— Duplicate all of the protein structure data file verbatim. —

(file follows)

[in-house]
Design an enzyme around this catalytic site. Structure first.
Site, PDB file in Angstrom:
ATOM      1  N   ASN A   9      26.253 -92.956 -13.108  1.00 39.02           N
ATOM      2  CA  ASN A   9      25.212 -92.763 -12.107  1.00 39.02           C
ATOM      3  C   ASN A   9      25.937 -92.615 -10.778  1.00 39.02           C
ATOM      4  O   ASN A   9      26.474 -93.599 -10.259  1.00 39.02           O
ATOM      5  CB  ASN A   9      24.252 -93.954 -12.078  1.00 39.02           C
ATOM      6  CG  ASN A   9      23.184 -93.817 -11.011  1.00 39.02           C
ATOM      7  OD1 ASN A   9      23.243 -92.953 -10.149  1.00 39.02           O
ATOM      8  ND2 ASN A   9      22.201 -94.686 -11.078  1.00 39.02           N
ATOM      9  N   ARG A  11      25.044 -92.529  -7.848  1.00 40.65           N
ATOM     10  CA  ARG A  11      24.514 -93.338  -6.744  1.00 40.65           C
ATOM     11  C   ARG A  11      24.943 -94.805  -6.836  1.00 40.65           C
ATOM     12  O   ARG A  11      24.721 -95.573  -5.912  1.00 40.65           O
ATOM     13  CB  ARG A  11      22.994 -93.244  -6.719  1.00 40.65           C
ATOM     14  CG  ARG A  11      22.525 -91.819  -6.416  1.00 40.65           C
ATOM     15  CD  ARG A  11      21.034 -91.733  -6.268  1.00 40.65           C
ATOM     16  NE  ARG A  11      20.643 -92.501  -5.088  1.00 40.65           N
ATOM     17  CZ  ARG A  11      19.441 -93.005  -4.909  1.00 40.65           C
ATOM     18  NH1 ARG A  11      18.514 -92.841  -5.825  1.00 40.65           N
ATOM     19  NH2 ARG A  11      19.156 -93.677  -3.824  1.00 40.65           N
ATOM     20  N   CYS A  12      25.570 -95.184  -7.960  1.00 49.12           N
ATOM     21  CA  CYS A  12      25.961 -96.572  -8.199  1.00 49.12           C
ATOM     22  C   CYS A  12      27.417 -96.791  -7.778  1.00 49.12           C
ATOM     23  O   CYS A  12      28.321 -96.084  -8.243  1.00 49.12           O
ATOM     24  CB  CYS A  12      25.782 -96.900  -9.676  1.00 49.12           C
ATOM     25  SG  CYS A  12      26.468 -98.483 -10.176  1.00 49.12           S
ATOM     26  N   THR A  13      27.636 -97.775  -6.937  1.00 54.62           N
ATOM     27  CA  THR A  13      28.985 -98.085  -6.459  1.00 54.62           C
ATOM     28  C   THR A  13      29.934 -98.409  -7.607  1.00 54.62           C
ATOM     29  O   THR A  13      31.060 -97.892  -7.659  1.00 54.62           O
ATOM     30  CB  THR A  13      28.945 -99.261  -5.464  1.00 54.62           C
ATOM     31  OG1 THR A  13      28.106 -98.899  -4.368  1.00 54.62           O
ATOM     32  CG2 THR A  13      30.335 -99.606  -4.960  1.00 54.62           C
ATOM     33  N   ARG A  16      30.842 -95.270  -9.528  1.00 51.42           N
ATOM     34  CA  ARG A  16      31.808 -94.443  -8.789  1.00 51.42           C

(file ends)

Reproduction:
[in-house]
Design an enzyme around this catalytic site. Structure first.
Site, PDB file in Angstrom:
ATOM      1  N   ASN A   9      26.253 -92.956 -13.108  1.00 39.02           N
ATOM      2  CA  ASN A   9      25.212 -92.763 -12.107  1.00 39.02           C
ATOM      3  C   ASN A   9      25.937 -92.615 -10.778  1.00 39.02           C
ATOM      4  O   ASN A   9      26.474 -93.599 -10.259  1.00 39.02           O
ATOM      5  CB  ASN A   9      24.252 -93.954 -12.078  1.00 39.02           C
ATOM      6  CG  ASN A   9      23.184 -93.817 -11.011  1.00 39.02           C
ATOM      7  OD1 ASN A   9      23.243 -92.953 -10.149  1.00 39.02           O
ATOM      8  ND2 ASN A   9      22.201 -94.686 -11.078  1.00 39.02           N
ATOM      9  N   ARG A  11      25.044 -92.529  -7.848  1.00 40.65           N
ATOM     10  CA  ARG A  11      24.514 -93.338  -6.744  1.00 40.65           C
ATOM     11  C   ARG A  11      24.943 -94.805  -6.836  1.00 40.65           C
ATOM     12  O   ARG A  11      24.721 -95.573  -5.912  1.00 40.65           O
ATOM     13  CB  ARG A  11      22.994 -93.244  -6.719  1.00 40.65           C
ATOM     14  CG  ARG A  11      22.525 -91.819  -6.416  1.00 40.65           C
ATOM     15  CD  ARG A  11      21.034 -91.733  -6.268  1.00 40.65           C
ATOM     16  NE  ARG A  11      20.643 -92.501  -5.088  1.00 40.65           N
ATOM     17  CZ  ARG A  11      19.441 -93.005  -4.909  1.00 40.65           C
ATOM     18  NH1 ARG A  11      18.514 -92.841  -5.825  1.00 40.65           N
ATOM     19  NH2 ARG A  11      19.156 -93.677  -3.824  1.00 40.65           N
ATOM     20  N   CYS A  12      25.570 -95.184  -7.960  1.00 49.12           N
ATOM     21  CA  CYS A  12      25.961 -96.572  -8.199  1.00 49.12           C
ATOM     22  C   CYS A  12      27.417 -96.791  -7.778  1.00 49.12           C
ATOM     23  O   CYS A  12      28.321 -96.084  -8.243  1.00 49.12           O
ATOM     24  CB  CYS A  12      25.782 -96.900  -9.676  1.00 49.12           C
ATOM     25  SG  CYS A  12      26.468 -98.483 -10.176  1.00 49.12           S
ATOM     26  N   THR A  13      27.636 -97.775  -6.937  1.00 54.62           N
ATOM     27  CA  THR A  13      28.985 -98.085  -6.459  1.00 54.62           C
ATOM     28  C   THR A  13      29.934 -98.409  -7.607  1.00 54.62           C
ATOM     29  O   THR A  13      31.060 -97.892  -7.659  1.00 54.62           O
ATOM     30  CB  THR A  13      28.945 -99.261  -5.464  1.00 54.62           C
ATOM     31  OG1 THR A  13      28.106 -98.899  -4.368  1.00 54.62           O
ATOM     32  CG2 THR A  13      30.335 -99.606  -4.960  1.00 54.62           C
ATOM     33  N   ARG A  16      30.842 -95.270  -9.528  1.00 51.42           N
ATOM     34  CA  ARG A  16      31.808 -94.443  -8.789  1.00 51.42           C